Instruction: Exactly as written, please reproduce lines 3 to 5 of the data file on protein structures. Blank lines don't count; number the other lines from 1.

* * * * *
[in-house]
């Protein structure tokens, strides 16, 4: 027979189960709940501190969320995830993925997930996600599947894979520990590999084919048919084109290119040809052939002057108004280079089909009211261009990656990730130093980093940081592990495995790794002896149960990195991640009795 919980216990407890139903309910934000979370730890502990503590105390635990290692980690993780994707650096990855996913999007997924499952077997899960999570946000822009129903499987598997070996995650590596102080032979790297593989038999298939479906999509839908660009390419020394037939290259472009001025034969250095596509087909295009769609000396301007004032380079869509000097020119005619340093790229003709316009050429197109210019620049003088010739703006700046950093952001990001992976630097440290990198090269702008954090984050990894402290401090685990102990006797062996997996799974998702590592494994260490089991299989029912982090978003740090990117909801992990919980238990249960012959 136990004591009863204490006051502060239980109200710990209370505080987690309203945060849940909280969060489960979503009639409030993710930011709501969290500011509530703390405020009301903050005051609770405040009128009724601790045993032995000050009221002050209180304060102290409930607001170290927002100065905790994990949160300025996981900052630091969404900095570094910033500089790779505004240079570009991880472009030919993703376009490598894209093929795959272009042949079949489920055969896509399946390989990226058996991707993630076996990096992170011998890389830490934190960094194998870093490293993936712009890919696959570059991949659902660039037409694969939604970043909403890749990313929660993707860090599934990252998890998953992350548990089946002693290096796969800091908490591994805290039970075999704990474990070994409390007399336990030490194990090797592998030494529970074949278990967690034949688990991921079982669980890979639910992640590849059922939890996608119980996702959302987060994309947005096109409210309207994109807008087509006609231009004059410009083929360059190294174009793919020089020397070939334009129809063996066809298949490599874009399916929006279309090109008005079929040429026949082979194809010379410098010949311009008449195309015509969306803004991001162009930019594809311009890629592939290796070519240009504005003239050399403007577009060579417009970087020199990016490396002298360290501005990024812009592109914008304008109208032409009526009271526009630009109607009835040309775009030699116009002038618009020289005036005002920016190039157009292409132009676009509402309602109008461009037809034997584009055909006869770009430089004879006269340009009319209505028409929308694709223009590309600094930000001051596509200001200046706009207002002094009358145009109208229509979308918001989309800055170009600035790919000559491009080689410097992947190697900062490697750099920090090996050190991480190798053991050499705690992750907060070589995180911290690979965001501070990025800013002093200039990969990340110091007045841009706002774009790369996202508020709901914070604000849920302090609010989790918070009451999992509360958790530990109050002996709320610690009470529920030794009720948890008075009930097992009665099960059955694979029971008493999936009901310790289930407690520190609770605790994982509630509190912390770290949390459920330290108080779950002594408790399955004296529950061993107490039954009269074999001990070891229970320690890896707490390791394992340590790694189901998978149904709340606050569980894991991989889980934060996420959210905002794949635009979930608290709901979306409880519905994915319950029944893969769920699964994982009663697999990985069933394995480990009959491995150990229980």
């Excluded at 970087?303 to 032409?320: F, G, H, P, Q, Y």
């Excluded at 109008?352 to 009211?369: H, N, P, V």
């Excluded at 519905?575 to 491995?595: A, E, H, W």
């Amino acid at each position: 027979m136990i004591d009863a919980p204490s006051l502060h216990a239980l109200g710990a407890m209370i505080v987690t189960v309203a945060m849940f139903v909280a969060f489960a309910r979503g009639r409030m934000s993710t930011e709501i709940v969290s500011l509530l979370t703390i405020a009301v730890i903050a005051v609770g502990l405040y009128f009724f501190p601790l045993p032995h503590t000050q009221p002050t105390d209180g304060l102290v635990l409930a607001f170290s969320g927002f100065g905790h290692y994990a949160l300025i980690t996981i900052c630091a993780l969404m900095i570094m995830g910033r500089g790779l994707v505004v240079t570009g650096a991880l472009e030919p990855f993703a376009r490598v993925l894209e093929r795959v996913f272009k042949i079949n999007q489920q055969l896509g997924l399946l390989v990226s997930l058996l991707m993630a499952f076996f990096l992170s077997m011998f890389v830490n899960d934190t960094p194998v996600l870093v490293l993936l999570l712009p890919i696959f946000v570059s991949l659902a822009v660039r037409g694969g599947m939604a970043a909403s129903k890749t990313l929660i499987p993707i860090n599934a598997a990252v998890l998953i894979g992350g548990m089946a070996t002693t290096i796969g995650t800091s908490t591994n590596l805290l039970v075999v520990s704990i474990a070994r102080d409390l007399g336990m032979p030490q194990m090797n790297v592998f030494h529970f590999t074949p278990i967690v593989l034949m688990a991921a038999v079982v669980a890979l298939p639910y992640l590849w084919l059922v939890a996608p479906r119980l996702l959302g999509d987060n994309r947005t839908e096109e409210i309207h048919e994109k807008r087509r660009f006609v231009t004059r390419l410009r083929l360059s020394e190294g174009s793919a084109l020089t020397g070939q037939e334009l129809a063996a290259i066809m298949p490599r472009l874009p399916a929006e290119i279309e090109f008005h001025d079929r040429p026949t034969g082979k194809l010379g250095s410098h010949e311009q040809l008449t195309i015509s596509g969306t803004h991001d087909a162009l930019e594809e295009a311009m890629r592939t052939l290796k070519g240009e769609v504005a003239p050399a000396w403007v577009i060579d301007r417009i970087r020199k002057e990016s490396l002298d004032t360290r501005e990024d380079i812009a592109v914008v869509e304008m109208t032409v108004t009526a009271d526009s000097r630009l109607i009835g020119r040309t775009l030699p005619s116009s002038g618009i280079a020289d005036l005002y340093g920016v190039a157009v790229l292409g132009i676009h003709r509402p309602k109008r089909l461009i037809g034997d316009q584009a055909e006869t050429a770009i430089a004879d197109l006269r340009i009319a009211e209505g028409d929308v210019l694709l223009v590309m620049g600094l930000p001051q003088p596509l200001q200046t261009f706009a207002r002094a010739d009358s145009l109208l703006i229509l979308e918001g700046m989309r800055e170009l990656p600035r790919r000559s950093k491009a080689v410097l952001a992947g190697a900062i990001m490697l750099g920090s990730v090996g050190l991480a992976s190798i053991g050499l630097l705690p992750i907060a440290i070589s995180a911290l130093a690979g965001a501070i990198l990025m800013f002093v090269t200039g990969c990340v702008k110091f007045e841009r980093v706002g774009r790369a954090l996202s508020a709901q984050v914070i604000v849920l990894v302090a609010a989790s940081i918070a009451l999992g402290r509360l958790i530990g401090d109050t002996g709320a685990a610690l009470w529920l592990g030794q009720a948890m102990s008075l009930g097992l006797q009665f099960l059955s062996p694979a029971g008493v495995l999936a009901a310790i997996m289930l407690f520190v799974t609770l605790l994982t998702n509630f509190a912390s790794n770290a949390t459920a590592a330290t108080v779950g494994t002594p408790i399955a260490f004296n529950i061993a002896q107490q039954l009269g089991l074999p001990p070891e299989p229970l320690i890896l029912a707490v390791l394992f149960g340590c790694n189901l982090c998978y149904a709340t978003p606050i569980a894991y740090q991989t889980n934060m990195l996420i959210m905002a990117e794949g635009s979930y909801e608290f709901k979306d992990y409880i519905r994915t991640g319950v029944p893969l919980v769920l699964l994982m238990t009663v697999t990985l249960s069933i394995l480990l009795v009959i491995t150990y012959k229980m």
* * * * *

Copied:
């Excluded at 970087?303 to 032409?320: F, G, H, P, Q, Y």
């Excluded at 109008?352 to 009211?369: H, N, P, V």
């Excluded at 519905?575 to 491995?595: A, E, H, W």